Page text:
By Janna M Hall
Financial literacy remains an integral part of ensuring a bright future for ourselves. For a large part of our lives, we’re taught that education is key, but only as it pertains to information in our school books. Math, science, literature, and history frame our early and late childhood education curriculum, and after we graduate, we’re left with mounds of information we’ll probably never use again. Financial literacy, however, is crucial to our success as adults. Understanding how to budget, develop a savings plan, build your credit, and invest in your financial future are some of the most commonly recurring aspects of adult life that unfortunately, we’re forced to learn as we go. It’s not until we’re greeted with these responsibilities that we must quickly learn and decide what’s best for us. What we end up with is increasing debt, poor credit—or none at all—and a lifetime of working for our money instead of having it work for us.
That’s why financial literacy is the true key to success. What good does it do to work hard your entire life with nothing to show for it? What good is opening a credit card without learning the type of discipline it takes to build your credit and not ruin it? Whether you’re a college student anticipating your first job with a 401K or decades into your career, investing in your financial fitness is always an investment worth making.
The first step in becoming financially fit is establishing goals. What are your problem areas? Do you need to learn to make the most out of what you already earn, or do you have a habit of overspending and need to save more money each paycheck? Perhaps you’ve never truly understood what 401k contributions are all about and want to be sure you’re pouring all you can into your investment account. Or maybe, like many, you want to begin establishing good credit so that goals like homeownership are attainable. Whatever your individual need, start with an attainable goal and begin the process of educating yourself.
Richmond native Ciera Wilson is the Founder of Faith and Finance, a locally run financial literacy blog that provides information on budgeting, saving, and reducing debt. Founding the company with the mission of advancing the Kingdom of God through the proper management of finances, Wilson laces her lessons on financial literacy with applicable scripture and teachings from God’s word.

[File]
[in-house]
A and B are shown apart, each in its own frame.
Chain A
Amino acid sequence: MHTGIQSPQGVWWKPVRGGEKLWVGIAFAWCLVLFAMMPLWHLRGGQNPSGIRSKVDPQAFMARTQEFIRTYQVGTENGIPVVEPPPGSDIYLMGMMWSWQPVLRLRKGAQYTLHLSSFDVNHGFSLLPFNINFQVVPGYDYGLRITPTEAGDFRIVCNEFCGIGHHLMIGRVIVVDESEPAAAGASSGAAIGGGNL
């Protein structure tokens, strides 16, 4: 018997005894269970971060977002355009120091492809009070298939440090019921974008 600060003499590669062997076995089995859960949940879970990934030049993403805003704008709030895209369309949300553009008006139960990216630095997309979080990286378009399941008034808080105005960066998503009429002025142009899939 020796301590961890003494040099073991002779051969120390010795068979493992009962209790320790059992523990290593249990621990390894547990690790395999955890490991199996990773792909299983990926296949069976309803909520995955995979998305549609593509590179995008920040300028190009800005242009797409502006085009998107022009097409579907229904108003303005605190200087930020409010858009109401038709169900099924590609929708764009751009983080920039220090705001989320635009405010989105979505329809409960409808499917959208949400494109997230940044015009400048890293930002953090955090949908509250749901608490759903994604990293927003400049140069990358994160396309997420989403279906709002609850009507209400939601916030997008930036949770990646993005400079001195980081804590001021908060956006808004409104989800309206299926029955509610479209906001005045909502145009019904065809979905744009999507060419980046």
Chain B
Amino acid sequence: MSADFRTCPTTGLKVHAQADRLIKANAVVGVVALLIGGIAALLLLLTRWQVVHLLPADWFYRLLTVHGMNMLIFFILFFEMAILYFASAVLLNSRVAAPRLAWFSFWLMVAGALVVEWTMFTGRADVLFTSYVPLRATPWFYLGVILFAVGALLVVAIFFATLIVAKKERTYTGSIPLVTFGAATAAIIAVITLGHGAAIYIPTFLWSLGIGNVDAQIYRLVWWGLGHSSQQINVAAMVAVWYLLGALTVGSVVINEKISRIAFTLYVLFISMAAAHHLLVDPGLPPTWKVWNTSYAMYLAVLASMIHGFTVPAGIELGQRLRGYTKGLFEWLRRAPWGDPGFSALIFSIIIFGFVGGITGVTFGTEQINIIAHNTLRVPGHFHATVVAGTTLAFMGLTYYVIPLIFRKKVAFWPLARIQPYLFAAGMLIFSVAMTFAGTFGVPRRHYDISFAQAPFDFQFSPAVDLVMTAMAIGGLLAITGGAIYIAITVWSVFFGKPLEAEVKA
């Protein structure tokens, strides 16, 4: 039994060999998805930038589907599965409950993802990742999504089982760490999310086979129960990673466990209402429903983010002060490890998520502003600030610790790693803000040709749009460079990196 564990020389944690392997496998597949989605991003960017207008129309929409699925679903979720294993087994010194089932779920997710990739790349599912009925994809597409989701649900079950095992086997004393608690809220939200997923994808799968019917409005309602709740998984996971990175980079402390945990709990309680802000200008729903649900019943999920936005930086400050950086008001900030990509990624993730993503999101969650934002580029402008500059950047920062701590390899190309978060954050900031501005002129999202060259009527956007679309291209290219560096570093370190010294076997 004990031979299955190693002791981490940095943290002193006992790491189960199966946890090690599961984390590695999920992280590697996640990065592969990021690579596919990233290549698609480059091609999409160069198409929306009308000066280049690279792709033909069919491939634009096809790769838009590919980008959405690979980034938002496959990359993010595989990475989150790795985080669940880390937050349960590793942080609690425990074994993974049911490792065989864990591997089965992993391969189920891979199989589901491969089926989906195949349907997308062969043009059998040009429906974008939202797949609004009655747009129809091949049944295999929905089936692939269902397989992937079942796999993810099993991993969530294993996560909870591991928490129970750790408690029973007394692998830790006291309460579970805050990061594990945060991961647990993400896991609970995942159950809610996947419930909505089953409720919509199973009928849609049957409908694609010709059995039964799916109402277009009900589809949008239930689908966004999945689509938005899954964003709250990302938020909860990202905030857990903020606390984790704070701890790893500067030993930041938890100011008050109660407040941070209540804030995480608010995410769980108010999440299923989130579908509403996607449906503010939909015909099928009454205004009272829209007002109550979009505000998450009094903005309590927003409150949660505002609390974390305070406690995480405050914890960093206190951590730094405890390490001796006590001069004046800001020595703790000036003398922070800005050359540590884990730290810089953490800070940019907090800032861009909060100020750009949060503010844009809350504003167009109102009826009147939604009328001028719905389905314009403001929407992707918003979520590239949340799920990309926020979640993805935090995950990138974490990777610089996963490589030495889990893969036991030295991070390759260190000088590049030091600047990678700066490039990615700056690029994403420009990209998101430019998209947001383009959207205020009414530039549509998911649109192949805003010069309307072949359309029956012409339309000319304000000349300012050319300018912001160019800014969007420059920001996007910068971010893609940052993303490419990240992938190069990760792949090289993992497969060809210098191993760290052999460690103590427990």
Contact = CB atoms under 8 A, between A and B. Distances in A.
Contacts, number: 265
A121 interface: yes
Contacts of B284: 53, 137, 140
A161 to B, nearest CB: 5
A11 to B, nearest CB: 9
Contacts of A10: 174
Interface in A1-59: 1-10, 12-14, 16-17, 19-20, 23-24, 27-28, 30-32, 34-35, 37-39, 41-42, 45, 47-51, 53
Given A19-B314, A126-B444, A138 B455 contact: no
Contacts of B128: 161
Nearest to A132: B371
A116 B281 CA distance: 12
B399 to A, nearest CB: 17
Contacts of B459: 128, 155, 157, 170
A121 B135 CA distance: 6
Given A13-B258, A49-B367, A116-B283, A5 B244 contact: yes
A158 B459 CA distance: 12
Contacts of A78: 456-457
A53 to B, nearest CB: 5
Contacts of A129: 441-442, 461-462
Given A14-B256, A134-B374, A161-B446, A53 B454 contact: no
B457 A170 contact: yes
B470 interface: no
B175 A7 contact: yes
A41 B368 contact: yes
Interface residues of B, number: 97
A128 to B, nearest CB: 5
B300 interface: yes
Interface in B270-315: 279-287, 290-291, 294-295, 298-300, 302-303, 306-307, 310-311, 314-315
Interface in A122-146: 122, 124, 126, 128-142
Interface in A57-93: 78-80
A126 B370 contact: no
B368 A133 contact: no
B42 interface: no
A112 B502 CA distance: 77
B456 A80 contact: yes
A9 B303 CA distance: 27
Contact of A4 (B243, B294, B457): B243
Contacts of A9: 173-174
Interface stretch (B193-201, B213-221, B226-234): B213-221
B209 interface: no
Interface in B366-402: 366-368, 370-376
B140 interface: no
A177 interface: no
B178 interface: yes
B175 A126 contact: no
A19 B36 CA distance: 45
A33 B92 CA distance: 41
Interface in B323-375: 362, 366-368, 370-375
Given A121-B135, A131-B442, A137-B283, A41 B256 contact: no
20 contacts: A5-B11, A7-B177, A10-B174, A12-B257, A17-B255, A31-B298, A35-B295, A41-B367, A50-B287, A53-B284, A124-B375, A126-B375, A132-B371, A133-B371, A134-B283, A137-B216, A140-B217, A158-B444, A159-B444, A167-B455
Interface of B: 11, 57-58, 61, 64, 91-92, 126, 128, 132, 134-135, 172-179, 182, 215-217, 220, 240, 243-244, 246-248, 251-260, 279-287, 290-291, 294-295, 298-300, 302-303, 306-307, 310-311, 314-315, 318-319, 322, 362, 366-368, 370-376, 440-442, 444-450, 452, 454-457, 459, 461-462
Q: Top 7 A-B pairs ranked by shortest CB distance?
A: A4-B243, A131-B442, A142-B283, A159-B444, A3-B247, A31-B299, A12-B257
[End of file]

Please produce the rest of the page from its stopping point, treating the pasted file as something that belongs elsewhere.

Faith and Finance also offers digital workbooks, budgeting guides, and group coaching services, to name a few, and her blog posts address various aspects of leading a financially fit life. “Ultimately, I want to be able to help others do the same and start building wealth for families for generations to come,” she says.
Through her coaching, Wilson finds that the most common financial missteps people make are not having a budget, living outside of their means, and continuously incurring credit card debt. Unfortunately, her clientele is a microcosm of the widespread issues we face when it comes to our finances. Whether it’s due to a lack of understanding or lack of discipline, budgeting remains an afterthought for many working Americans. But as Wilson suggests on her site, www.faithandfinance.com, “A budget is creating a plan to tell your money where to go.” Writing out a detailed list of monthly expenses—groceries, gas, bills, mortgage—and comparing them against what we bring in monthly can be quite the daunting task. Oftentimes, it’s taxing to discover that when it comes to expenses versus income, we’re falling behind. Other times, knowing that we have a surplus after paying bills means that lifestyle changes must be made in order to begin saving. And change is difficult, but it’s so possible. Necessary, even.